Responding to collision repairer input, Honda recently announced “significant changes” to its sectioning and welding guidelines for Hondas and Acuras.
Two of the biggest revisions appear to be Honda’s approval of certain welding on higher-strength steels under the right conditions.
Repairers can now MAG butt-weld any high-strength steels up to 780 megapascals — but be quick about it to avoid affecting the steel integrity, according to Honda. Previously, one could only MAG butt-weld up to 590 MPa.
“To minimize the heat-affected zone (HAZ), butt welds on 780 MPa steel must be done as quickly as possible, while maintaining adequate penetration,” Honda wrote in an August 2016 Body Repair News, which supersedes the earlier April 2014 version of the sectioning and welding guidelines. An Acura version can be found here.
Anything above 780 MPa is generally considered ultra-high-strength steel, and those metals still can’t be MAG butt-welded.
As for ultra-high-strength steels, Honda wrote that it would now allow MAG plug welding on 1,500 MPa steel, but only on certain designated areas — no exceptions.
“MAG plug welding is now allowed on 1,500 MPa (hot stamp) steel parts in select locations only as specified in the BRM (Body Repair Manual),” Honda wrote, doubling down on the emphasis. (Get repair manuals here.)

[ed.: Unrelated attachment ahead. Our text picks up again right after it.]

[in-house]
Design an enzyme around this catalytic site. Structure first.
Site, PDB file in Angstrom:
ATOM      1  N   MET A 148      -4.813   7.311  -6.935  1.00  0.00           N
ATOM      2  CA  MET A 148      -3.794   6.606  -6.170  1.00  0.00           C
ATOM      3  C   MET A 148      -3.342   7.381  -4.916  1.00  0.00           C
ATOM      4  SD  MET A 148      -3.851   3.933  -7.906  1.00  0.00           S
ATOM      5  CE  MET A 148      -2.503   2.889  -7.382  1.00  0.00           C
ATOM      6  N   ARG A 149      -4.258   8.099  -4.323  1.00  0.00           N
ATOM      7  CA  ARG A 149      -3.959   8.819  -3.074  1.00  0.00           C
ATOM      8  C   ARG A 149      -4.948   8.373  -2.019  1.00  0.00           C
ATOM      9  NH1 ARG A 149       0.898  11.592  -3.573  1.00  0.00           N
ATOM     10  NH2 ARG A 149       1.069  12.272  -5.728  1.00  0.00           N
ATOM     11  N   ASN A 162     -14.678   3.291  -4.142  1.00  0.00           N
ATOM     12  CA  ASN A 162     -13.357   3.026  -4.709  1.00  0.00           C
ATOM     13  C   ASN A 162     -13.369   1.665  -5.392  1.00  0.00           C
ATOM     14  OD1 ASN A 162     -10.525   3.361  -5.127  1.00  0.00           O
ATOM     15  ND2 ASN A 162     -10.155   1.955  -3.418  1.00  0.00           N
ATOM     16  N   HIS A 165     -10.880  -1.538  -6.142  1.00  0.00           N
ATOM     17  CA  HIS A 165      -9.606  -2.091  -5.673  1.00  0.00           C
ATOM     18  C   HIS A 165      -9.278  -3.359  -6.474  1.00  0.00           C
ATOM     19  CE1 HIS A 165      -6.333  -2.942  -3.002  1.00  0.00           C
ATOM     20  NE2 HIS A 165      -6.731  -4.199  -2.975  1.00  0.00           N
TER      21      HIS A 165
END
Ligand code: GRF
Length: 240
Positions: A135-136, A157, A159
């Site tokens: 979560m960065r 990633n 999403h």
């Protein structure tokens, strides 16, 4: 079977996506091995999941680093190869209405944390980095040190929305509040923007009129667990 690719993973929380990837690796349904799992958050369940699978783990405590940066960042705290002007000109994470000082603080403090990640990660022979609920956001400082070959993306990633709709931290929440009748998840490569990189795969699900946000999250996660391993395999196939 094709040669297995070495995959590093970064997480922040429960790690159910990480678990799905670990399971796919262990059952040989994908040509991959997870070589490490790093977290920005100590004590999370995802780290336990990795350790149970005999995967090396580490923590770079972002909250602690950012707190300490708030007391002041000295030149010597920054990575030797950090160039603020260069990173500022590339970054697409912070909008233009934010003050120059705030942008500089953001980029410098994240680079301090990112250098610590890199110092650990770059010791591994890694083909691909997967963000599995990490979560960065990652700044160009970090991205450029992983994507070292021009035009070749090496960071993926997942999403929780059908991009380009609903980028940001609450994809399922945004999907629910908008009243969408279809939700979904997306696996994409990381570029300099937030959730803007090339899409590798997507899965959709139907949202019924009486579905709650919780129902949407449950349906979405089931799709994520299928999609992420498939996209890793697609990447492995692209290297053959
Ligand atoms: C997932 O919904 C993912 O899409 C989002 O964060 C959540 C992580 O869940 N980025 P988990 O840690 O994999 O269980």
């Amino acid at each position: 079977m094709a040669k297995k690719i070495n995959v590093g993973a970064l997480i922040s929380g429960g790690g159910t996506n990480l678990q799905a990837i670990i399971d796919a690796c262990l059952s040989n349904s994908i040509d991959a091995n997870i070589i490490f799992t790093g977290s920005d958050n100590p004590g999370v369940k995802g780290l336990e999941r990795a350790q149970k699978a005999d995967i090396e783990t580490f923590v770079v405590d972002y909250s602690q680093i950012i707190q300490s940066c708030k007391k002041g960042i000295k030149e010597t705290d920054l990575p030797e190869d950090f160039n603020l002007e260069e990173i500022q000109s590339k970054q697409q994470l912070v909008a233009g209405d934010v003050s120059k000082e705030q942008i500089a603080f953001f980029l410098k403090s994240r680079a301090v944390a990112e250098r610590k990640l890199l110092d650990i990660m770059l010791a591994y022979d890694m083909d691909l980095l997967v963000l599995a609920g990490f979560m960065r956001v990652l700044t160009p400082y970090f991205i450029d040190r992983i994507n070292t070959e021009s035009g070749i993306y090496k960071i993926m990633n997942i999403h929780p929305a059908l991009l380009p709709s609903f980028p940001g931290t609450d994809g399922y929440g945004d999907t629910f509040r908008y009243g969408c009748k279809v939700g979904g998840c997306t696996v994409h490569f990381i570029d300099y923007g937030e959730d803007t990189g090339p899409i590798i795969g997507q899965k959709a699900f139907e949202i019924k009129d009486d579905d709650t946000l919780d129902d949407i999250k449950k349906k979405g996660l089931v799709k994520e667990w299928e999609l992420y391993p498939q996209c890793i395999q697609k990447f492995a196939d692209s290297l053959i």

You don’t want to deviate from Honda’s instructions, the OEM warned, or else you won’t be able to be sure your customer’s vehicle has strong enough welds.
Weld quality might also be affected by weld-through primer, according to Honda, which has expanded its restrictions on the use of that substance.
“Weld-through primer should not be used when doing MAG plug, MAG butt, or MIG Brazing,” Honda wrote. “Further study has shown that weld-through primers can negatively affect weld or joint quality.”
Honda also has some new details on MIG brazing and high-strength steel MAG welding wire requirements and/or availability. It also clarifies conclusively that steel up to 780 MPa can only by sectioned “if all three of the following conditions are met” (Emphasis Honda’s):
1. Sectioning must be done in a single-layer area of the part.
2. Multi-layer internal steel reinforcements and stiffeners must not be cut.
3. Do not section in load bearing areas, such as engine, transmission, or suspension mounting points.
So if you’re not 3-for-3, you can’t do it.
I-CAR also Sept. 1 reported that the manual added new sections on shielding gas and partial panel replacements.
To learn more about what’s changed, read the new Honda Body Repair News on welding and sectioning guidelines here. The Acura version can be found here. For repair procedures themselves, visit the Honda Independent Repair Website.
“Honda/Acura Has Released Two New Body Repair News Bulletins”
I-CAR Repairability Technical Support portal, Sept. 1, 2016
“Honda Body Repair Manual Welding & Sectioning Guideline Revisions”
Honda Body Repair News, August 2016
“Acura Body Repair Manual Welding & Sectioning Guideline Revisions”
Acura Body Repair News, September 2016
Honda/Acura repair procedures
Honda Independent Repair Website
A welding mask sits in the SEMA Garage in 2016 during a tour. (John Huetter/Repairer Driven News)
This Honda slide from the 2016 Great Designs in Steel demonstrates steel grades on the 2016 Honda Civic. (John Huetter/Repairer Driven News)